We’ve been working on the racecars this summer. Right now, the cars are just sitting here ready to go. They just need some paint and Bondo. Right now I’m pretty focused on the business because the economy is so tough. We’re knocking on doors, trying to find sponsorship. We’re having a heck of a time doing that, but we have our heads held high. We’re looking for the best!
I went out to an ASA race to help out a friend of mine. He’s an up-and-coming driver, 16 years old. I went to help them out. His name is Jared Marks. He’s coming up from quarter midgets into the ASA late models. He’s a great young driver and it was a lot of fun. We ended up finishing 10th. We got too tight at the end and lost a few spots.
I’ve also been helping out Revolution Racing a little bit, spotting for Marc Davis and Michael Cherry. But mostly, I’ve been working in my fabrication shop restoring some cars of Jimmie’s. I’ve been rebuilding one of Jimmie’s off-road trucks – that’s coming along. It’s getting ready to go out and get powder coated on Friday. The hardest part is getting parts. 98% of the parts are out in California. There’s been a lot of UPS time is what that comes down to.
Jimmie and I grew up racing off-road on short courses and out in the open desert. Off-road racing is pretty intense. There is a place in Baja, Mexico called Coco’s Corner, where I got stuck the first time I ran the Baja 1000. I was stuck in the mud for something like six hours until the chase vehicle came and got us. You just have to sit there and hope they can find you.
Our radio got wet and quit working in the beginning. It happened right at the beginning. You race up a canal going out of Encinada and it got wet. We made it halfway and got stuck in the mud. By the time we got pulled out of the mud, the checkpoints closed and that was the end of our Baja 1000. It’s quite an experience. You see a lot of things that you never thought you would see in that race. There really isn’t another racing event quite like Baja.
Would I do that again? Maybe, if the right situation came up. It’s pretty scary to go down there to Baja now. Things are pretty desperate there; you hear the horror stories of people getting kidnapped or robbed. It wasn’t like that back in the ’90s. There was stuff going on, but it wasn’t like what it is nowadays.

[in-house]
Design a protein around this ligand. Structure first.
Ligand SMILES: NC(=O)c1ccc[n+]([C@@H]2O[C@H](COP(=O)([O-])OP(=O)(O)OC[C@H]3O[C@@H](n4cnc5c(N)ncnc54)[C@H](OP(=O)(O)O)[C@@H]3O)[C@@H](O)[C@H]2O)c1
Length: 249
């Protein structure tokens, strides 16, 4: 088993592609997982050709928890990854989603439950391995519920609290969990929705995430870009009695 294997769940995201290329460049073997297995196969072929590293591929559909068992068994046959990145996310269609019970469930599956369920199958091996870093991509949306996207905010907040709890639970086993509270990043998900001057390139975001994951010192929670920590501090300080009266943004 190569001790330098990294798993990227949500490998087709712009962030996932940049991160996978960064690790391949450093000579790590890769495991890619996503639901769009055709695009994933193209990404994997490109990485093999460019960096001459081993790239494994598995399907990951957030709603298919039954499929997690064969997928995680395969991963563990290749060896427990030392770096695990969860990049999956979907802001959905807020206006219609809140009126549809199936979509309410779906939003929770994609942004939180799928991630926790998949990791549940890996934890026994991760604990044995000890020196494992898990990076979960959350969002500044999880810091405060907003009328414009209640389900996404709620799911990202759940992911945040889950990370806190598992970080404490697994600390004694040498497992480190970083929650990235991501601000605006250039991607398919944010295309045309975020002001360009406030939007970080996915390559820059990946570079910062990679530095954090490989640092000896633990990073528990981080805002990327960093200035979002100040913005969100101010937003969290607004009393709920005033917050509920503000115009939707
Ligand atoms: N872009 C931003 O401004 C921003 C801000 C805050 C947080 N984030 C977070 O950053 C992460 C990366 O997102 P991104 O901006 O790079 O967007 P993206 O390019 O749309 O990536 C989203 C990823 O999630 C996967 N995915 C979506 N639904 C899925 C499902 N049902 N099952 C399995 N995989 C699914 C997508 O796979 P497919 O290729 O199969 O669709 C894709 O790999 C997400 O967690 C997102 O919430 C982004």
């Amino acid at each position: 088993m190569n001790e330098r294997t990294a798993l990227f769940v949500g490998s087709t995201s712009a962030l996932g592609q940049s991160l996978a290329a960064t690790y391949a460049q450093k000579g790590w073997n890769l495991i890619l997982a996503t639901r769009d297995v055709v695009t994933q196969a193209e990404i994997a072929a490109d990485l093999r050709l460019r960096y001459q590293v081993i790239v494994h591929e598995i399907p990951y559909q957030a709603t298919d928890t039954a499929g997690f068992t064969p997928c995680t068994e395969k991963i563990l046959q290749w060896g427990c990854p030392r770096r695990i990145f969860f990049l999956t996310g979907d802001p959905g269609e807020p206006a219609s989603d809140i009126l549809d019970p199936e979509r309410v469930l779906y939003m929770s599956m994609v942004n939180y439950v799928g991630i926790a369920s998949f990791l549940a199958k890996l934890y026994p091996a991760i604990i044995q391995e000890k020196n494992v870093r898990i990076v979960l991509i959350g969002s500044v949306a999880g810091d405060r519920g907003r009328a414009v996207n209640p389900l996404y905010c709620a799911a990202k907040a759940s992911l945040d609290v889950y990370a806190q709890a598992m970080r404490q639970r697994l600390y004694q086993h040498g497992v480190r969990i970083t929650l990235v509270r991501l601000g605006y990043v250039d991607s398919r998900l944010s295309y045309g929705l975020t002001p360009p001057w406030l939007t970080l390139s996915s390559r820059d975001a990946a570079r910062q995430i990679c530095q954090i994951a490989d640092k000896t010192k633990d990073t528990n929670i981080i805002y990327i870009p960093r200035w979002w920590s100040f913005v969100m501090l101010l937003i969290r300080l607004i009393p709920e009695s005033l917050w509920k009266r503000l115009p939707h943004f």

For now, I’ll stay close to my shop. I got some wrought iron equipment for the shop. It’s fun. We’re building a bunch of different stuff and trying to get that side of the business up and going. It’s a tough economy out there to try and make that happen. There are a lot of people out there doing wrought iron work, so it’s kind of tough, but we keep working on it.
The kids are wide open. I just picked them up and I had some things to do at the shop, so I brought them with me. They’re doing great; it’s just a lot of fun, they bring a lot of joy to us. Connor is into cowboys. He’s all about being a cowboy – he likes to be Sheriff Woody. I think he’s going to be Sheriff Woody for Halloween.
About the author
Amy is an 20-year veteran NASCAR writer and a six-time National Motorsports Press Association (NMPA) writing award winner, including first place awards for both columns and race coverage. As well as serving as Photo Editor, Amy writes The Big 6 (Mondays) after every NASCAR Cup Series race. She can also be found working on her bi-weekly columns Holding A Pretty Wheel (Tuesdays) and Only Yesterday (Wednesdays). A New Hampshire native whose heart is in North Carolina, Amy’s work credits have extended everywhere from driver Kenny Wallace’s website to Athlon Sports. She can also be heard weekly as a panelist on the Hard Left Turn podcast that can be found on AccessWDUN.com's Around the Track page.
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